Tuesday, January 08, 2008
The Eye of the Beholder
The 18th Century philosopher Immanuel Kant believed that beauty is objective and universal, in other words, there are immutable standards by which aesthetic judgment can be applied.
Contemporary thinkers hold more to the “beauty is in the eye of the beholder” theory, that is, individual taste and cultural influences determine what is considered beautiful on a case-by-case basis, and there is no objective standard.
I say, all you have to do is be an artist to find out which view is more practical. You’ll find out mighty fast that whatever your medium, there will be no consensus as to whether or not you’ve created something good. That’s certainly the case if you choose to write fiction...oh boy, is it!
Let me give you some examples from my own experience.
Last week my novel Bloodchained was reviewed by the sometimes irascible, always entertaining romance reviewer, Mrs. Giggles. Mrs. G was a big fan of my first writings as Diana Laurence, but I can never guess what she’s going to say. Well, she pretty much panned the book (a 52 out of 100)--the worst review I’ve ever received for anything! Had this been Bloodchained’s first review, I would have quite dismayed, but fortunately it had already received two 5 star and one 4.5 star review, so I could fall back on that good old “Eye of the Beholder” theory. (Likewise, several significant errors in the plot summary told me Mrs. G didn’t give the book a very close read--not surprising considering how prolific she is!)
Meanwhile, interestingly, it was only a couple days later that Mrs. Giggles gave a “Best Short Story Award for 2007” to my sci-fi tale, “Alloy Love” (Soulful Sex: The Science Fiction Collection). The amusing thing about this is that I felt that story was pretty weak and considered replacing it! E.O.T.B. much? Yeah, one woman’s treasure is another’s, well, so-so.
That’s not the first time my judgment of my own work has been questionable. In 2005, the Reviewers International Organization declared my story “Je t’aime, Etienne” (Soulful Sex Volume II) a Best Story from an Anthology Finalist. I’ve gotten a bunch of fan mail for that tale, too. But you know what? I almost left it out of the book, thinking it was weak and rambling.
Yeah, the things that make you go “huh.”
But enough about my stuff. I’ve had the same problem regarding the work of others. This year I once again judged the Eppie Awards, reading four books and rating them. The finalists were just announced, and in my category, only one of the books I read finalled: the one I thought was the worst by far and perhaps unpublishable! Last year I had a similar problem with the Eppies, when a title I gave nearly a perfect score and found superb failed to final at all.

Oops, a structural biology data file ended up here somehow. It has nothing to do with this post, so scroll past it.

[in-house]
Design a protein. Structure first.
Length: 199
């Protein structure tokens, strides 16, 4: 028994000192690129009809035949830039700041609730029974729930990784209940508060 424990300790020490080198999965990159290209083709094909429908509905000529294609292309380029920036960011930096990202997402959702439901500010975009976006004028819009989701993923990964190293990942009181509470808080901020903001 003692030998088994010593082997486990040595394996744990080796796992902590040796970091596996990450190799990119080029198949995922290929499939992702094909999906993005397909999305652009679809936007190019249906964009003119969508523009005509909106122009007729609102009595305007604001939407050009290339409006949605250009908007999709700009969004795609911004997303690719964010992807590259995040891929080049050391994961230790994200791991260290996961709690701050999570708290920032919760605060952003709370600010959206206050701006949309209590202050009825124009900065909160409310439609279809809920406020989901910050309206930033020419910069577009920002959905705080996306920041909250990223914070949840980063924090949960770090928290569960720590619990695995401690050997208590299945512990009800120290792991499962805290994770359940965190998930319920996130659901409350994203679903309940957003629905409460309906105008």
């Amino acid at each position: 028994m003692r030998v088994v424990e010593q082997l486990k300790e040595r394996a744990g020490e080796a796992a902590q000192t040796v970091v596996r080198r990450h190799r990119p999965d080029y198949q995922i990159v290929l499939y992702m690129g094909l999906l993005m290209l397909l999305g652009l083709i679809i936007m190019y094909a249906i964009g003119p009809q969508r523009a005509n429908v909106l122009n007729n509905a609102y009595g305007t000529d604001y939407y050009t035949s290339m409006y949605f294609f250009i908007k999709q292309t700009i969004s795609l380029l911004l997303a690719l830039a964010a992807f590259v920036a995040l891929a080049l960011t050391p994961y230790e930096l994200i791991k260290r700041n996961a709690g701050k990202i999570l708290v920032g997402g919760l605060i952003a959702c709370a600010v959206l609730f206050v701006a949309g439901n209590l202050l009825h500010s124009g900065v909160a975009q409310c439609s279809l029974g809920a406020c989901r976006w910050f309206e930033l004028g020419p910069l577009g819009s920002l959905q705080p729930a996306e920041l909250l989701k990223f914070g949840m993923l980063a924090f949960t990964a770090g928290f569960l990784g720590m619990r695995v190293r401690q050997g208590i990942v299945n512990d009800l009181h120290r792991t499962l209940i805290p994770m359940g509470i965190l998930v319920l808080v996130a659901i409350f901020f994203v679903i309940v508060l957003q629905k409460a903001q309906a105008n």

It’s enough to give an author a complex.
A couple of favorite books that I read last year were The Man Who Heard Voices, Michael Bamberger’s wonderful biography of M. Night Shyamalan, and The Name of the Wind, by new fantasy author Patrick Rothfuss. Bamberger’s book flopped and was pulled early from stores; Rothfuss’s book won a Quill Award for Best Science Fiction/Fantasy/Horror Book of 2007.
You get the picture. It’s really a crapshoot if what I judge to be great writing will be met with the same reaction by other people. This is why, when I set out to write my last novel, I liked the idea of recruiting a bunch of readers to help. The 63 participants in the Soulful Sex Partners Project gave me feedback galore, and in the end, the consensus was that Bloodchained was a terrific book, thanks to their help.
I know those folks were being honest, just as I know I was not exactly deluding myself when I considered it my best work to date. Meanwhile, however, I know Mrs. Giggles was being just as honest when she said the book bugged her to death.
It makes a person crazy. Are there really no absolute standards of aesthetics? Is it impossible to determine the truth as to whether a book is well written, a painting is beautiful, a piece of music is good? And if it isn’t, what’s the point of reviews?
As one author who works really hard to get her books reviewed (and really enjoys the good ones!), I still feel that artistic criticism has a point. However, it seems to work best on a consensus basis, like the star systems for films on Netflix and IMDB, and the Tomatometer readings for movies and games on Rotten Tomatoes. It’s nearly impossible for a bad movie to get a high fresh rating, or a good one to score rotten.
Just so, the fact that my overall critical rating is 4.3 (after 59 reviews) suggests I’m not a bad writer. It does not, however, guarantee some reviewer isn’t going to pan me tomorrow. Because it’s pretty much all in the eye of the beholder, folks. Bottom line, you gotta judge for yourself!
(But if you read me and like me, by all means let me know! LOL)